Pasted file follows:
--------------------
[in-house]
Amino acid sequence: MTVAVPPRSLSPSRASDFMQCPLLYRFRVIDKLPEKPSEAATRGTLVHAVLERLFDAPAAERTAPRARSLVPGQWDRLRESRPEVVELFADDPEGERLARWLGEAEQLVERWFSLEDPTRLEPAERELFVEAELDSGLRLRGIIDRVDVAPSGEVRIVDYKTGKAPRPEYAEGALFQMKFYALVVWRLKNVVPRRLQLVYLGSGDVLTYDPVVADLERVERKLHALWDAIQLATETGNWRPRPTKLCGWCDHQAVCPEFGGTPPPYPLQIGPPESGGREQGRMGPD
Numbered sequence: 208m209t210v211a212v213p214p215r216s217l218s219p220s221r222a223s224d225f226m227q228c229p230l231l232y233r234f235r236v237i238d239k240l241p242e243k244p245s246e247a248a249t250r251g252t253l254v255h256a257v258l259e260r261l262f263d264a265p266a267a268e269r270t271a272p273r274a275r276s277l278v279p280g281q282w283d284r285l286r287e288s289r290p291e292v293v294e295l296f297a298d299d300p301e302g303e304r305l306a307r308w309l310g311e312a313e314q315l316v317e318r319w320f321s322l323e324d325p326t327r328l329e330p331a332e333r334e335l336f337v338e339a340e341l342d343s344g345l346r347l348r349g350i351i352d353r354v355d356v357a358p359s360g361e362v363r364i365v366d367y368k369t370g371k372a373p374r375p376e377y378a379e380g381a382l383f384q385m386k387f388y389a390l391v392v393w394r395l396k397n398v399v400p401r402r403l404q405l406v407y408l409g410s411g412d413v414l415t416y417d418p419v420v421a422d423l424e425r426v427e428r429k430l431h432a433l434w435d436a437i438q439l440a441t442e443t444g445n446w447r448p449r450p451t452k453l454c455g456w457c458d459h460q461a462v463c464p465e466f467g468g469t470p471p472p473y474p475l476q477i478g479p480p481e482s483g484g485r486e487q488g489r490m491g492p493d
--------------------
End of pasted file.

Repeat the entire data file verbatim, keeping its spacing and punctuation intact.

[in-house]
Amino acid sequence: MTVAVPPRSLSPSRASDFMQCPLLYRFRVIDKLPEKPSEAATRGTLVHAVLERLFDAPAAERTAPRARSLVPGQWDRLRESRPEVVELFADDPEGERLARWLGEAEQLVERWFSLEDPTRLEPAERELFVEAELDSGLRLRGIIDRVDVAPSGEVRIVDYKTGKAPRPEYAEGALFQMKFYALVVWRLKNVVPRRLQLVYLGSGDVLTYDPVVADLERVERKLHALWDAIQLATETGNWRPRPTKLCGWCDHQAVCPEFGGTPPPYPLQIGPPESGGREQGRMGPD
Numbered sequence: 208m209t210v211a212v213p214p215r216s217l218s219p220s221r222a223s224d225f226m227q228c229p230l231l232y233r234f235r236v237i238d239k240l241p242e243k244p245s246e247a248a249t250r251g252t253l254v255h256a257v258l259e260r261l262f263d264a265p266a267a268e269r270t271a272p273r274a275r276s277l278v279p280g281q282w283d284r285l286r287e288s289r290p291e292v293v294e295l296f297a298d299d300p301e302g303e304r305l306a307r308w309l310g311e312a313e314q315l316v317e318r319w320f321s322l323e324d325p326t327r328l329e330p331a332e333r334e335l336f337v338e339a340e341l342d343s344g345l346r347l348r349g350i351i352d353r354v355d356v357a358p359s360g361e362v363r364i365v366d367y368k369t370g371k372a373p374r375p376e377y378a379e380g381a382l383f384q385m386k387f388y389a390l391v392v393w394r395l396k397n398v399v400p401r402r403l404q405l406v407y408l409g410s411g412d413v414l415t416y417d418p419v420v421a422d423l424e425r426v427e428r429k430l431h432a433l434w435d436a437i438q439l440a441t442e443t444g445n446w447r448p449r450p451t452k453l454c455g456w457c458d459h460q461a462v463c464p465e466f467g468g469t470p471p472p473y474p475l476q477i478g479p480p481e482s483g484g485r486e487q488g489r490m491g492p493d